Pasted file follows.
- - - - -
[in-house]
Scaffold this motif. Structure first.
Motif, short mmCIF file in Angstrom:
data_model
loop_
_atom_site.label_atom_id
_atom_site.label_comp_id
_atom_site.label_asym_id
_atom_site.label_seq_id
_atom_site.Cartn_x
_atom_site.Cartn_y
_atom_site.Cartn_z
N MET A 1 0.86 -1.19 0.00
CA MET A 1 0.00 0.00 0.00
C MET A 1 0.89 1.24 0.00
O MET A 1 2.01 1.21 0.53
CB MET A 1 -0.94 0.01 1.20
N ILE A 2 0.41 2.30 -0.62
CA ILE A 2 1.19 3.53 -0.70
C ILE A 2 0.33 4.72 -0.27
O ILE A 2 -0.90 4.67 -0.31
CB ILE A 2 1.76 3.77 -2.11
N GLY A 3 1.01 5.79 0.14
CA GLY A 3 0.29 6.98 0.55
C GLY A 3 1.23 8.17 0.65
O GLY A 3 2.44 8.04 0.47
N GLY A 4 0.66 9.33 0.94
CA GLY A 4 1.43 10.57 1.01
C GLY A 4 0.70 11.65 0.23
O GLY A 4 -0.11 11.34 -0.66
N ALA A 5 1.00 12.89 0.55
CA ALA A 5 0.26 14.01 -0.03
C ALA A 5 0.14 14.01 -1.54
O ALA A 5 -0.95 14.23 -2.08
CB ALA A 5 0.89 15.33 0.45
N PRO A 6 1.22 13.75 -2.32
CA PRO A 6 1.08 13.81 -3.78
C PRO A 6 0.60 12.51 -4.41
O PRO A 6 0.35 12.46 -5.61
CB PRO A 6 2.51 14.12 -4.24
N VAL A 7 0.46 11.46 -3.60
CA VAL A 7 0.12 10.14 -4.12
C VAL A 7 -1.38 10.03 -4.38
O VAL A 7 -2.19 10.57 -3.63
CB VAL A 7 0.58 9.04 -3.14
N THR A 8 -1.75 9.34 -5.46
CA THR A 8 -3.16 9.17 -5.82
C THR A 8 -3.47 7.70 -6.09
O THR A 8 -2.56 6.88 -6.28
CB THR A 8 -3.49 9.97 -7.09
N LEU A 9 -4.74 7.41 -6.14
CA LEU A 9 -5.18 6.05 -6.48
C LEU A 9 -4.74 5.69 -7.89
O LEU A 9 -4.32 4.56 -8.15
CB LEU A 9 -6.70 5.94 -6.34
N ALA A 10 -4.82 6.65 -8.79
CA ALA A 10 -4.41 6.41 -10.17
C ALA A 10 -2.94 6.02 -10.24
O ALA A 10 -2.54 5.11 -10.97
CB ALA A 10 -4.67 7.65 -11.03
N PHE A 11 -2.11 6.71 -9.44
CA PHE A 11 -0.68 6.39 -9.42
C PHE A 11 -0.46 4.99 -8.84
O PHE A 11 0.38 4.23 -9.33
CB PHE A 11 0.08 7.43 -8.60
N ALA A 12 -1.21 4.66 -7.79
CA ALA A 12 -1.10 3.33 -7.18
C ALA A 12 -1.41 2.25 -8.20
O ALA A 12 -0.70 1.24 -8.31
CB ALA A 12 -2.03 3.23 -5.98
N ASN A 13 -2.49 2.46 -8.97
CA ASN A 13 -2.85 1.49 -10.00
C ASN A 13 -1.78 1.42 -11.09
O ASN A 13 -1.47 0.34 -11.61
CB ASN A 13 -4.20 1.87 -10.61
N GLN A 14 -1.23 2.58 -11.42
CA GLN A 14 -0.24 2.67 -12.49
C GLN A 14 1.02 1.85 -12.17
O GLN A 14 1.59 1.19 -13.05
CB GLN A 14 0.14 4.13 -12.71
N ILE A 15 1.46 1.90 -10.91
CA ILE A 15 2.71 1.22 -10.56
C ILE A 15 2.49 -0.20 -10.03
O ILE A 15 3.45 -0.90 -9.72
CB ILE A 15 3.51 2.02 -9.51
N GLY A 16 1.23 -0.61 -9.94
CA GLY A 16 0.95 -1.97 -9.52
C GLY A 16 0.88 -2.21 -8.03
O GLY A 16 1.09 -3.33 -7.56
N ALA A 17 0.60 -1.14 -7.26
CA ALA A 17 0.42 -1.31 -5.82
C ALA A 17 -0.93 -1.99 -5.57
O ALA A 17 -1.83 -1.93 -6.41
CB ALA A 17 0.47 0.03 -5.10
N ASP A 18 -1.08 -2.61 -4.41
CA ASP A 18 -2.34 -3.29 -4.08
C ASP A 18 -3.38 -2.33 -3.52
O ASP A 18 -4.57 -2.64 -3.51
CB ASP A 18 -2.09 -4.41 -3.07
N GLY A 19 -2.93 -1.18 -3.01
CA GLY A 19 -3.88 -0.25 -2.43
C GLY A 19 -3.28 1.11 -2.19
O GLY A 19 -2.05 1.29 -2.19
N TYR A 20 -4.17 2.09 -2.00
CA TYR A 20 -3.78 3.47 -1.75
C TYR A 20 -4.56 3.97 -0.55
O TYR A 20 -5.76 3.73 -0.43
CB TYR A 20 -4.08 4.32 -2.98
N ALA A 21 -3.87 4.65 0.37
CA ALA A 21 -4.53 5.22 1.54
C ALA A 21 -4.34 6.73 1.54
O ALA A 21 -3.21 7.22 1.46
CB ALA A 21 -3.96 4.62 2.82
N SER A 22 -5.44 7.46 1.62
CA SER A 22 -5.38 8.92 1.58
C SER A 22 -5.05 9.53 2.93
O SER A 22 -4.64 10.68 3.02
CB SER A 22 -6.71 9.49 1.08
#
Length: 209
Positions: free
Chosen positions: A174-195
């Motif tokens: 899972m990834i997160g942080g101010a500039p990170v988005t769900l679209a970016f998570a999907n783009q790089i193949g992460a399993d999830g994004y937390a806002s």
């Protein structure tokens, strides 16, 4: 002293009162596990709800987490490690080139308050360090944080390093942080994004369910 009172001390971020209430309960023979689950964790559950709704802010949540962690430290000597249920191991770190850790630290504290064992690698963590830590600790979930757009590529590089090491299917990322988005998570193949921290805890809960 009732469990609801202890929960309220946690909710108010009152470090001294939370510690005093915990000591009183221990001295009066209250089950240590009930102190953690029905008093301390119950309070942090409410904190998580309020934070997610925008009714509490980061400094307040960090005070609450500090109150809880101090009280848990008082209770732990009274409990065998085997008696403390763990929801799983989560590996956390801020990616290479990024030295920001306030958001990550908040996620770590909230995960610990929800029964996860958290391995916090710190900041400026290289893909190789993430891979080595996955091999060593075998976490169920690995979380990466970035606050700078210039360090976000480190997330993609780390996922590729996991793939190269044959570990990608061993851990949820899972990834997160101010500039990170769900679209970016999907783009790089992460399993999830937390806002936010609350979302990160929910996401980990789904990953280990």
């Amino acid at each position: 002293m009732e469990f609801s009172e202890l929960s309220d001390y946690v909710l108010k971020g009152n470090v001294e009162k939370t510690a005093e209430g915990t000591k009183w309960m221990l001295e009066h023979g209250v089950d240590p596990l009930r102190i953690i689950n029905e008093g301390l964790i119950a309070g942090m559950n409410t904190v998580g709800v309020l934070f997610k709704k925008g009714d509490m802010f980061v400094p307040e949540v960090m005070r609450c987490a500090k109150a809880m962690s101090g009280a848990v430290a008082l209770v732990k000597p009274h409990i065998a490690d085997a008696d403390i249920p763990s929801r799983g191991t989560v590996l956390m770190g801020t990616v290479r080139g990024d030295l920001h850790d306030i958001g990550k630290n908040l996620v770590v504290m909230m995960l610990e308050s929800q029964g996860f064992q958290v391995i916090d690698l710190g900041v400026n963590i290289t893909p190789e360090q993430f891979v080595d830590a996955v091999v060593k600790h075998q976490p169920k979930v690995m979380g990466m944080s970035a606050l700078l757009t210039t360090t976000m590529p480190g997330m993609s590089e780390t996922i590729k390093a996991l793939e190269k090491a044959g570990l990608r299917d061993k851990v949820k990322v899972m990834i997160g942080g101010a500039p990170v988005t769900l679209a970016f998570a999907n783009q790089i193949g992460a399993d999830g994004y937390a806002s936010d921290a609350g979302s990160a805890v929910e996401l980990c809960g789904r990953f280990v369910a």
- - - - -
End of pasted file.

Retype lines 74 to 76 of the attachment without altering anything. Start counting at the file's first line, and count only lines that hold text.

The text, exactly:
O ASN A 13 -1.47 0.34 -11.61
CB ASN A 13 -4.20 1.87 -10.61
N GLN A 14 -1.23 2.58 -11.42